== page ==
2. Questions of Privilege: This relates to the personal rights, privileges, and comfort of the members. Business must continue after the matter is cared for. A member may interrupt a speaker. He stands and says, “I rise to a question of privilege (states question).” The chairman generally decides whether to proceed as requested or declare suggestions out of order. It is not debatable, amendable, or voted upon.
  3. Recess: The purpose is to hold an intermission for meals, counting ballots, etc. If carried, the recess begins immediately. A second is required; it is not debatable, but is amendable only as to the length of time to recess. A majority vote is needed.
  4. Adjourn: The purpose is to adjourn to a fixed time or until the next regular or special meeting. “I move we adjourn until (state date, time, and place).” or “I move we adjourn.” A second is required; it is not debatable and is amendable only as to date, time, and place. A majority is needed.

Incidental Motions

Definition: Incidental motions concern matters of procedure arising out of business and must be settled at once.


  1. Point of Order: This means that there has been a breach of parliamentary rules, the constitution, bylaws, etc. It is in order at any time; member may interrupt speaker. The point of order is usually decided by the chair without discussion.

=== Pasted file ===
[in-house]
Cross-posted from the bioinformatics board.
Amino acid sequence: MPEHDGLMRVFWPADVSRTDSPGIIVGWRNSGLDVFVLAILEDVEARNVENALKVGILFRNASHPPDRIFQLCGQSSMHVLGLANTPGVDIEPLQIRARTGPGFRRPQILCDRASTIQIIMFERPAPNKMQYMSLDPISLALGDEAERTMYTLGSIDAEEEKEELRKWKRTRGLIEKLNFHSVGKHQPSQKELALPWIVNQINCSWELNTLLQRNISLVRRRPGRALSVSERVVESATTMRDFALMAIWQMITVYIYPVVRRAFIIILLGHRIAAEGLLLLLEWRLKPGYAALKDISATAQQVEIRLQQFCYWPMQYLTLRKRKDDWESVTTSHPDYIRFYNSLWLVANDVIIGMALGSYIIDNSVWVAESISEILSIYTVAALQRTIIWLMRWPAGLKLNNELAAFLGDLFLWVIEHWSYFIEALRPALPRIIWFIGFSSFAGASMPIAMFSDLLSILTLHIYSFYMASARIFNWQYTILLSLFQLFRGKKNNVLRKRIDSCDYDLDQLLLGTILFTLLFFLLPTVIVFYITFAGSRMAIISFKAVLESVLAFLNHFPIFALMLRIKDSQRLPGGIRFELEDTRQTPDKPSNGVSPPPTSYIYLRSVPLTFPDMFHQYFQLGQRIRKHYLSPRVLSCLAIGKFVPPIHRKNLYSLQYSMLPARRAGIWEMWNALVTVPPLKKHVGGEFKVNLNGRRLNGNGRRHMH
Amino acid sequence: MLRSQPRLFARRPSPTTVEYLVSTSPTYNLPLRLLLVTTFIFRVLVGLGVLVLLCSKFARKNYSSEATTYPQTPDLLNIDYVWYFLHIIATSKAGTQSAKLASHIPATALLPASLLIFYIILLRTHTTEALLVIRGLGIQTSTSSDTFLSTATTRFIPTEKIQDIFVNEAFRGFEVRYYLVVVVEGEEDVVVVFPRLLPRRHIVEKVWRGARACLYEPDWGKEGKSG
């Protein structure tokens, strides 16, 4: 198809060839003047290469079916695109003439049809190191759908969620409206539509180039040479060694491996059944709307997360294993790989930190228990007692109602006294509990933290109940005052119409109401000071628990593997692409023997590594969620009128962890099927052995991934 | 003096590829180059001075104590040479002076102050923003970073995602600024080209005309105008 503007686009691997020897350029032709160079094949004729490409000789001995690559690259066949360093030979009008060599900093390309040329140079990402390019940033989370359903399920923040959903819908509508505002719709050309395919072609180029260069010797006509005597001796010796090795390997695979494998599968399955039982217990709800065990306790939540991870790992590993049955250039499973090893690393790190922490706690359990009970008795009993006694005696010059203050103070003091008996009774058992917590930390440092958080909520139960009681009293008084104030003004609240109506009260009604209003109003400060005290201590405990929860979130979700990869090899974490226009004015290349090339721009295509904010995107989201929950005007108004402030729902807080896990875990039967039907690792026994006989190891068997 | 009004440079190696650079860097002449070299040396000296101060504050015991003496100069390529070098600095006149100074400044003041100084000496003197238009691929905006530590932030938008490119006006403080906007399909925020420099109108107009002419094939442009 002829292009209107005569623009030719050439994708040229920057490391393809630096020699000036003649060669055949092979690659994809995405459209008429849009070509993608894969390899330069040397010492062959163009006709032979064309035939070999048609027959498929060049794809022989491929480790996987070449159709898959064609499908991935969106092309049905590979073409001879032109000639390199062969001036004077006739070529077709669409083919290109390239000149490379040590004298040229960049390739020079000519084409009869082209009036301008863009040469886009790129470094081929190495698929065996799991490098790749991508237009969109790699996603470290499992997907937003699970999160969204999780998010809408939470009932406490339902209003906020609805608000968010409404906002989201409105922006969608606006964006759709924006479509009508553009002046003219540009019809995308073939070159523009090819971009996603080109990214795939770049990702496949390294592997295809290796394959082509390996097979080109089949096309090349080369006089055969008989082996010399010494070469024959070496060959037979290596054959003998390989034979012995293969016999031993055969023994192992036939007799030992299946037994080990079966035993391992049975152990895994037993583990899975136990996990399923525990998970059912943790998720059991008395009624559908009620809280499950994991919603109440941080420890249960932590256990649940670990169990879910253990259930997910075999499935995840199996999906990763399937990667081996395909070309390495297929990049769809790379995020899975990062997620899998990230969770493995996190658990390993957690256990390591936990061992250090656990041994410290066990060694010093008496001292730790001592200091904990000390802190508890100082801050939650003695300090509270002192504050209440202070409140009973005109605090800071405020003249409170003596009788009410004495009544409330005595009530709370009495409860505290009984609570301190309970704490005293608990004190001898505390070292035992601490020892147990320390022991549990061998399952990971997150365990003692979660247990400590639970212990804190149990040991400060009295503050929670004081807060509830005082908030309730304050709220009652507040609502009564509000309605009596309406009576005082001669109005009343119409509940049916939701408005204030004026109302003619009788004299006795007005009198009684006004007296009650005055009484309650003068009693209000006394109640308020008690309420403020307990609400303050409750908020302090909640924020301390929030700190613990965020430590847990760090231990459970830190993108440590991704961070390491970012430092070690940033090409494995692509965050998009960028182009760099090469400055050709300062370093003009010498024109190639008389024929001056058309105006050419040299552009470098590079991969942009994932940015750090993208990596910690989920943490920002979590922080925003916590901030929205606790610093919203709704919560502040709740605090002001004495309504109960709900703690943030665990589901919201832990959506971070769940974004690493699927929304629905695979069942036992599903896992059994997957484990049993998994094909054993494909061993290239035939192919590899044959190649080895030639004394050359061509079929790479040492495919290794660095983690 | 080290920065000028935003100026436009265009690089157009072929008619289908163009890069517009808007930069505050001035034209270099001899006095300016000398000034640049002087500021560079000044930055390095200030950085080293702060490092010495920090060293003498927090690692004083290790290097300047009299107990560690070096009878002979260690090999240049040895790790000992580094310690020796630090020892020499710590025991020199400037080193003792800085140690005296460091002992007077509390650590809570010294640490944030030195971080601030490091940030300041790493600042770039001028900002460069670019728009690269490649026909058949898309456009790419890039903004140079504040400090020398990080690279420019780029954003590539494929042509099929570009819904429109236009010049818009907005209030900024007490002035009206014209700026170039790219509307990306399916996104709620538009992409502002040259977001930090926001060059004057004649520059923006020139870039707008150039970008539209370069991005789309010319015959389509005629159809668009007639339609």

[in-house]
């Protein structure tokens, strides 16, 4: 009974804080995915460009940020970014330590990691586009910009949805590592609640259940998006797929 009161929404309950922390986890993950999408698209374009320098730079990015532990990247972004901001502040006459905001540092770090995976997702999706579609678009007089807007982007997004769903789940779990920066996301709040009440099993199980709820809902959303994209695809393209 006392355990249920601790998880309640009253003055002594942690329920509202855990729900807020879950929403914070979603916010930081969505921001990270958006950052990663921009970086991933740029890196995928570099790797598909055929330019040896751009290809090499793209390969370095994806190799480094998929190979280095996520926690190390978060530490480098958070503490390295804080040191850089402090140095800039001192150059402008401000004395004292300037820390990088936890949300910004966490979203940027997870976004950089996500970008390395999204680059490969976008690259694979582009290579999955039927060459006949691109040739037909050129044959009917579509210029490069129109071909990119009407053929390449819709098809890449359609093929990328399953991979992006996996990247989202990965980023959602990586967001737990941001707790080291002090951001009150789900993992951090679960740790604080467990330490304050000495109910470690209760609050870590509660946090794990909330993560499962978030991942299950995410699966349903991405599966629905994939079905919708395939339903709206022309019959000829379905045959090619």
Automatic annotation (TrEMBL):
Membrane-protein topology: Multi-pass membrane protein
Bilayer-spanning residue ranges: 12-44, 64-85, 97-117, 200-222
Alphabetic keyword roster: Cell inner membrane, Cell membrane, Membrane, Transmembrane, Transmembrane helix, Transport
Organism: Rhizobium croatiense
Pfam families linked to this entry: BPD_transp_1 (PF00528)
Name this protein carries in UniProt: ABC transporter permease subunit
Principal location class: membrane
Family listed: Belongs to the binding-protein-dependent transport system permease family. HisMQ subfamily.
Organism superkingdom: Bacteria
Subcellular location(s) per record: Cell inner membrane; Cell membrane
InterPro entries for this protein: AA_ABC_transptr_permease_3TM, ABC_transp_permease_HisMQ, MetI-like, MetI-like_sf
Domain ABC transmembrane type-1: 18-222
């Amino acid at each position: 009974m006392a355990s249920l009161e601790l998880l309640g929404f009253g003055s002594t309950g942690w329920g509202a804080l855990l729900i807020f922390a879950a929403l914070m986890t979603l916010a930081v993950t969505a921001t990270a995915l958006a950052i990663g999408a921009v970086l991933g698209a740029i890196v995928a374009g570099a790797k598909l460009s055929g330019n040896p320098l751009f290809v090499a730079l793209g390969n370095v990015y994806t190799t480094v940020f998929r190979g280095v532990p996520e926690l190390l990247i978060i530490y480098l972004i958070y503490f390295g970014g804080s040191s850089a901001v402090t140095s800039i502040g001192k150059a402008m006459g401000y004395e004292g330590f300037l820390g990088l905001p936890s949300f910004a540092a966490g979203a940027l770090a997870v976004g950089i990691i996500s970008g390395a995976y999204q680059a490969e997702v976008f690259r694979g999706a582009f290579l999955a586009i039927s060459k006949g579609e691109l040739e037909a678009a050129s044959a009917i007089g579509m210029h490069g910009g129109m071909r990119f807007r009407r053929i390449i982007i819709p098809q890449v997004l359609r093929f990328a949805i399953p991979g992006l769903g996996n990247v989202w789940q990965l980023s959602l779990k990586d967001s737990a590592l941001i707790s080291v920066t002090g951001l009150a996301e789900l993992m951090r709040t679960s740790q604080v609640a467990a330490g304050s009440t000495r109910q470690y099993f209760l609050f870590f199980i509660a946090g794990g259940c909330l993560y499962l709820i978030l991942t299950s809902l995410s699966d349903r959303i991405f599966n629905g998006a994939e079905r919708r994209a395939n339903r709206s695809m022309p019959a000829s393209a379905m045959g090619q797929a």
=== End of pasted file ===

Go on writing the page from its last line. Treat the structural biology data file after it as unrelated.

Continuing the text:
2. Appeal from Decision of the Chair: Used when it is thought the chairman made a wrong decision. Must be made immediately after decision and settled by vote. “I appeal from the decision of the chair (state appeal).” This motion requires a second, is debatable, and needs a majority vote. It is not amendable.
  3. Suspend the Rules: An agreement to temporarily waive rules of order for a specific reason. “I move to suspend the rules in order to … .” A second is required and it requires a two-thirds vote. It is not debatable or amendable.
  4. Object: This is used to avoid consideration of an embarrassing, irrelevant, or contentious motion. Must be made before any debate. “I object to the consideration of this motion.” It is permissible to interrupt the speaker. A second is not required; it is not debatable and a two-thirds negative vote is needed.
  5. Division of the House: Verifies by a standing vote, one just taken by voice or hand. The speaker rises and says, “I call for a division of the house.” Chairman decides and proceeds. If abused, the chair may declare the speaker out of order. A second is not required; it is not amendable or debatable.
  6. Parliamentary Inquiry or Information: A request for information. “I rise to ask a question (states question).” The chairman may refer the question to the parliamentarian or answer it himself.
  7. Permission To Withdraw Motion: A request that a motion be withdrawn must be made by person making the motion. Presiding officer decides.
  8. Close Nominations: Purpose is to close nominations. It must be seconded, but cannot be discussed. A two-thirds vote is needed.

Unclassified Motions

Definition: Unclassified motions are those that are not classified above. These cannot be made if any other matter is pending.